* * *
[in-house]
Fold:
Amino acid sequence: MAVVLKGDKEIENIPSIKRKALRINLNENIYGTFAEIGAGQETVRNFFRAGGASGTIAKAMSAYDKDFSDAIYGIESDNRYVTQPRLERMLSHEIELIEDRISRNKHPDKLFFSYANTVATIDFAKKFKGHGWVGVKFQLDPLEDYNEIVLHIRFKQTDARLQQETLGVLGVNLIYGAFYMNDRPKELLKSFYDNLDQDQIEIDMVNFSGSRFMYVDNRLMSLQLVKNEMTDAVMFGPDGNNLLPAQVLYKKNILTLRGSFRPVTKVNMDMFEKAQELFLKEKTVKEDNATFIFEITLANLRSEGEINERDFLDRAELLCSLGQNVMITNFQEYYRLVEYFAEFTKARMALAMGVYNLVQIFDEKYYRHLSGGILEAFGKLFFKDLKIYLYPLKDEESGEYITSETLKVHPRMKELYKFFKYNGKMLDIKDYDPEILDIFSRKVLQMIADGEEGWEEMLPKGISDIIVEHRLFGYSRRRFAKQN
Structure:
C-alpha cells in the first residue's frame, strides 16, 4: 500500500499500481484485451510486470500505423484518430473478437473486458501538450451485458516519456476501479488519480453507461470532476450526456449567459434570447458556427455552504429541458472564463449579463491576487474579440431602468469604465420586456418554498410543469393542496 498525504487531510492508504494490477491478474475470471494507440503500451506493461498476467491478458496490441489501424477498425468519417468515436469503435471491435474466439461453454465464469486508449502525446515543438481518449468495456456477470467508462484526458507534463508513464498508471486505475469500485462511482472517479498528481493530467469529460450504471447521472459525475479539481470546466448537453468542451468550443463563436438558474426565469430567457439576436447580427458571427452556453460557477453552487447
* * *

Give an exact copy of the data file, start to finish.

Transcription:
[in-house]
Fold:
Amino acid sequence: MAVVLKGDKEIENIPSIKRKALRINLNENIYGTFAEIGAGQETVRNFFRAGGASGTIAKAMSAYDKDFSDAIYGIESDNRYVTQPRLERMLSHEIELIEDRISRNKHPDKLFFSYANTVATIDFAKKFKGHGWVGVKFQLDPLEDYNEIVLHIRFKQTDARLQQETLGVLGVNLIYGAFYMNDRPKELLKSFYDNLDQDQIEIDMVNFSGSRFMYVDNRLMSLQLVKNEMTDAVMFGPDGNNLLPAQVLYKKNILTLRGSFRPVTKVNMDMFEKAQELFLKEKTVKEDNATFIFEITLANLRSEGEINERDFLDRAELLCSLGQNVMITNFQEYYRLVEYFAEFTKARMALAMGVYNLVQIFDEKYYRHLSGGILEAFGKLFFKDLKIYLYPLKDEESGEYITSETLKVHPRMKELYKFFKYNGKMLDIKDYDPEILDIFSRKVLQMIADGEEGWEEMLPKGISDIIVEHRLFGYSRRRFAKQN
Structure:
C-alpha cells in the first residue's frame, strides 16, 4: 500500500499500481484485451510486470500505423484518430473478437473486458501538450451485458516519456476501479488519480453507461470532476450526456449567459434570447458556427455552504429541458472564463449579463491576487474579440431602468469604465420586456418554498410543469393542496 498525504487531510492508504494490477491478474475470471494507440503500451506493461498476467491478458496490441489501424477498425468519417468515436469503435471491435474466439461453454465464469486508449502525446515543438481518449468495456456477470467508462484526458507534463508513464498508471486505475469500485462511482472517479498528481493530467469529460450504471447521472459525475479539481470546466448537453468542451468550443463563436438558474426565469430567457439576436447580427458571427452556453460557477453552487447